“I look forward to working with you” – Here is how to use the phrase

At the end of your first conversation with someone new, you might either say or have said to you the phrase “I look forward to working with you”.

This is a sentence that’s written in the present tense. But there’s actually several different tenses within the sentence.

Of course, the reason why we say it to be polite, but what’s the point in being polite at all? And are there any hidden abbreviations?

In this article today, we’ll be delving into what this sentence actually means, when it should be used, the tenses that are within it, and why we even say it at all.

When we say it

Usually we would say it just before we start working with someone. It’s very rare that we would ever say it to our family or friends, or in any situation other than professional circumstances.

There are three key circumstances when you would use this phrase.

The first one is when you get a new colleague and you want to make them feel welcome in your team.

The second is when you begin working for a new company and you want to show your enthusiasm for your new job.

And the final one is if you’re working with someone from another company who’s collaborating with your company and you want them to feel welcome, and assure them you’re on board with this collaboration.

Why we say it

The reason why we say this phrase can be summarised in one word, manners!

The whole point of manners is to show that we’re thinking about others, and not just using them to getting what we want.

By telling someone that you’re looking forward to working with them shows that you don’t just see your relationship as something that needs to be done, as a means to an end. But you feel genuine pleasure in what you’re about to be doing.

I look

In the present tense there are two types. At the start of the sentence we have the present simple with the phrase “I look”. 

Simple present are phrases that happen regularly or permanently.

A regular example would be “I drink tea with breakfast”. You’re talking about your habits, not your current actions.

A permanent example would be “I speak English”. You’re talking about what you’re always doing, not just what you’re doing right now.

“I look” is present simple as it’s not describing something at a specific point in time (that would be “I am looking”).

However, there is some debate around whether it actually ought to be “I am looking”. When you say this someone, chances are you’re not permanently looking forward (this would often be impossible as your time working with them is going to end one day), and you’re also not constantly looking forward as in the near future you actually will be working with them. And therefore will be unable to “look forward” to it.

Surely it would make sense to say “I am looking” as this would show that your action is happening at a fixed point in time (right now).

So “I look” is a simple present phrase with present progressive implications.

Working with you

The next phrase within this sentence is written in a rather unusual tense, the future. “working with you”. This is the future tense as it describes what will be happening in the future.

And to be more specific it’s in the future progressive, this is because it will happen at a specific point in time, and you can tell from the use of the ‘ing’.

This differs from the future simple which would be “I look forward to when I work with you”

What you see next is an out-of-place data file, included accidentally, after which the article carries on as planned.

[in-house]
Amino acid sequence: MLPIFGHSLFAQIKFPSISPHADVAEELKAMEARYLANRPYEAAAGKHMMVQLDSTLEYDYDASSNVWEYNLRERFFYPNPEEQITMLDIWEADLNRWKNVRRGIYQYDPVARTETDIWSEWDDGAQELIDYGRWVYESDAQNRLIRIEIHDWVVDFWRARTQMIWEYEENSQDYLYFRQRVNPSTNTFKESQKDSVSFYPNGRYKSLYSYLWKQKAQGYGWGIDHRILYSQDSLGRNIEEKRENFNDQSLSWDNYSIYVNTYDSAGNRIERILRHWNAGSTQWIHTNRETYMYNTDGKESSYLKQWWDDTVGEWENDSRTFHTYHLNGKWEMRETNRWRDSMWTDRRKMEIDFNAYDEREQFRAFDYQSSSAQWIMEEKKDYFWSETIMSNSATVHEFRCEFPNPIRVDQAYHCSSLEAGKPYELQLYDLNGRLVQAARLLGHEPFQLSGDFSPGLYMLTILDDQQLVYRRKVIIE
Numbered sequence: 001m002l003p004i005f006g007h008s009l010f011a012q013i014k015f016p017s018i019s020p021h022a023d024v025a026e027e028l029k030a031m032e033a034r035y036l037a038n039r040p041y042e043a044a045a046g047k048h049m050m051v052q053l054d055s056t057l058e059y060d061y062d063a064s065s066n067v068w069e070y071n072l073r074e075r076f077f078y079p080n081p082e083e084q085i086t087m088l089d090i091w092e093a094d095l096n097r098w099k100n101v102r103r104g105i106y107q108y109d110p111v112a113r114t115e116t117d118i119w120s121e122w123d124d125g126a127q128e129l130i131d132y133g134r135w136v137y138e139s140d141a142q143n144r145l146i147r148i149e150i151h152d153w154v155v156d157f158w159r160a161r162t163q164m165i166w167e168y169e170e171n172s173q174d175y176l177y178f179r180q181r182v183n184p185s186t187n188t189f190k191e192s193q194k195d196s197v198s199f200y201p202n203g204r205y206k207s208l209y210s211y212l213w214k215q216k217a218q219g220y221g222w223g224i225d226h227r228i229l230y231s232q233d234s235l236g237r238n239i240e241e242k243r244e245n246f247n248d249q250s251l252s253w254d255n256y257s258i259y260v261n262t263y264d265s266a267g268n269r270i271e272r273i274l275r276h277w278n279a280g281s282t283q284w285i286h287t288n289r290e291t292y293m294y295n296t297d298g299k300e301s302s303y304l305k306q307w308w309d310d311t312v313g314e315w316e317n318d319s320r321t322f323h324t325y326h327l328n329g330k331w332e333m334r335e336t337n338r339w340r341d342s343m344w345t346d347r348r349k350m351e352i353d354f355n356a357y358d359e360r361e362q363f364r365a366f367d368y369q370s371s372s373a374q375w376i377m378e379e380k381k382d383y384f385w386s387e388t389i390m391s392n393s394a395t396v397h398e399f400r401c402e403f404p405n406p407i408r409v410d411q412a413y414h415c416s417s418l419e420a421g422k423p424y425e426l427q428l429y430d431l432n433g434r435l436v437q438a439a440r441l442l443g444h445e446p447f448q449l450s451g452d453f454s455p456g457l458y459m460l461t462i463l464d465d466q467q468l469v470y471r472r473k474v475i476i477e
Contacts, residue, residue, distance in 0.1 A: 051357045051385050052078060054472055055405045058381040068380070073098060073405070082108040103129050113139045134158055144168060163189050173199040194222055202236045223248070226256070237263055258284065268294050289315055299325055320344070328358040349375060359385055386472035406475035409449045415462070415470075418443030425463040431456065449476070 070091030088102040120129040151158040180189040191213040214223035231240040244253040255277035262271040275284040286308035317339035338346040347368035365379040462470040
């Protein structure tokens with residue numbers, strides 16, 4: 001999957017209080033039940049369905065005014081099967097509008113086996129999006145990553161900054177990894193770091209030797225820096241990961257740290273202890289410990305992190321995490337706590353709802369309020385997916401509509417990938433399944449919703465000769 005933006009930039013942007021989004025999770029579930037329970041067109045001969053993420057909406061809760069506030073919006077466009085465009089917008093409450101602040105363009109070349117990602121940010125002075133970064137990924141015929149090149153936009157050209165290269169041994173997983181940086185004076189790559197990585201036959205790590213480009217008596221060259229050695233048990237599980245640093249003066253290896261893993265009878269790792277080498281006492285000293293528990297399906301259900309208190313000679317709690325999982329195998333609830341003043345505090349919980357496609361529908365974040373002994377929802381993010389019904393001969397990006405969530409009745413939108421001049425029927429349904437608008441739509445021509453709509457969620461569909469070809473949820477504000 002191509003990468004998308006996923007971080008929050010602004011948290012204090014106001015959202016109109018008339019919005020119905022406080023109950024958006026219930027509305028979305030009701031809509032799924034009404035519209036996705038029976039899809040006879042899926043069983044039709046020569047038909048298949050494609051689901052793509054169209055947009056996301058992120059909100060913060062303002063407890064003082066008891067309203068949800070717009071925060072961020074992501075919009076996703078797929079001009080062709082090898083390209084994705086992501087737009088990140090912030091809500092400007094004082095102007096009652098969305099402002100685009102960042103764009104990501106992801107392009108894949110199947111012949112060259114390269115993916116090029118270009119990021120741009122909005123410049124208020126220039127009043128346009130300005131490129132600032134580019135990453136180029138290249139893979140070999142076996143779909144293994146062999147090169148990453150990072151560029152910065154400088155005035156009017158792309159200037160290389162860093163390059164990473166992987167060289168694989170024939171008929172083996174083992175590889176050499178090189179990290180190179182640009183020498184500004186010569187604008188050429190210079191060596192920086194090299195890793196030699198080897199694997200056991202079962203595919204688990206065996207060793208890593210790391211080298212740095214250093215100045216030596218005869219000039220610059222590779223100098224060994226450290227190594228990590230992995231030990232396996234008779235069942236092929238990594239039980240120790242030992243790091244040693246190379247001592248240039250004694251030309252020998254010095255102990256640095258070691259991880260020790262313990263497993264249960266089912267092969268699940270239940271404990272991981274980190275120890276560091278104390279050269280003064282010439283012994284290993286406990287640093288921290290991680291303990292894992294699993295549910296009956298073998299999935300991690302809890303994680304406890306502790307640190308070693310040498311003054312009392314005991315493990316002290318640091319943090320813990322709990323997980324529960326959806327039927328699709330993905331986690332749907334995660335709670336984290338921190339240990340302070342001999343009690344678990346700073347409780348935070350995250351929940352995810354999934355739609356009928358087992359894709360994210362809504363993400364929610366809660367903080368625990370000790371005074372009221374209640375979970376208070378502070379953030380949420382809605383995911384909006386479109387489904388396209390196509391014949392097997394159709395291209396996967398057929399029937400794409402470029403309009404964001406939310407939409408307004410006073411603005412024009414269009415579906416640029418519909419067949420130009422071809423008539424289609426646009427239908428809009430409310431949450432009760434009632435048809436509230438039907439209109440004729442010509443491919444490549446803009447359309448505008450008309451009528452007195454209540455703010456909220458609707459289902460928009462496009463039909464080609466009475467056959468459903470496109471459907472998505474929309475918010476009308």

What tense is it in?

So the sentence “I look forward to working with you” is a weird blend of tenses.

It starts off with a present simple that’s really a present progressive. And is then followed by a future progressive.

This does of course raise the question of “What tense is it in?”.

The evidence suggests that it’s in the present tense because it’s describing an action that’s happening right now. “Working with you” is used as a noun in this sentence. It’s not a noun, just used as one.

Therefore the tense of the sentence rests on the shoulders of the phrase “I look”. On one hand, it’s written in the present simple. But when it’s said, it’s meant in the present progressive.

And the winner is…..

The present progressive!

This sentence is about the present, and this exact moment. Therefore it’s the present progressive.

The English Language

If this sentence proves one thing it’s that the English language is a very strange language. The fact that there’s even a debate around which tense it’s in proves that it’s a really weird sentence.

But the super interesting thing is that even though it’s a grammatical mess, we still accept it because of how commonly it’s used.

Why we say “look forward”

The phrase “look forward” is a rather interesting one. Why don’t we just say “I’m excited”?

When we say this phrase, we’re not actually describing what direction we’re physically looking in.

Although we’re not looking in the direction that’s being described, we are, metaphorically. We’re not looking forward in space, bur rather time. Our destination is not something that we can walk to, but rather something that we have to wait for.

Your destination is going to come to you, and not you to it.

Other examples of sentences that use time as destinations include “One step forward, and then two steps back” and “Be in the moment”.


“I look forward to working with you” is something that almost everybody would say when they begin to work with a new person, this could be a boss, a colleague, or someone from a different company.

We say it to be polite and to show that we have genuine happiness for what will happen in the future.

The tense it’s written in is hard to pin down because it a strange mixture of 3 different tenses within it, but if we have to pin it down, it would probably be the present progressive.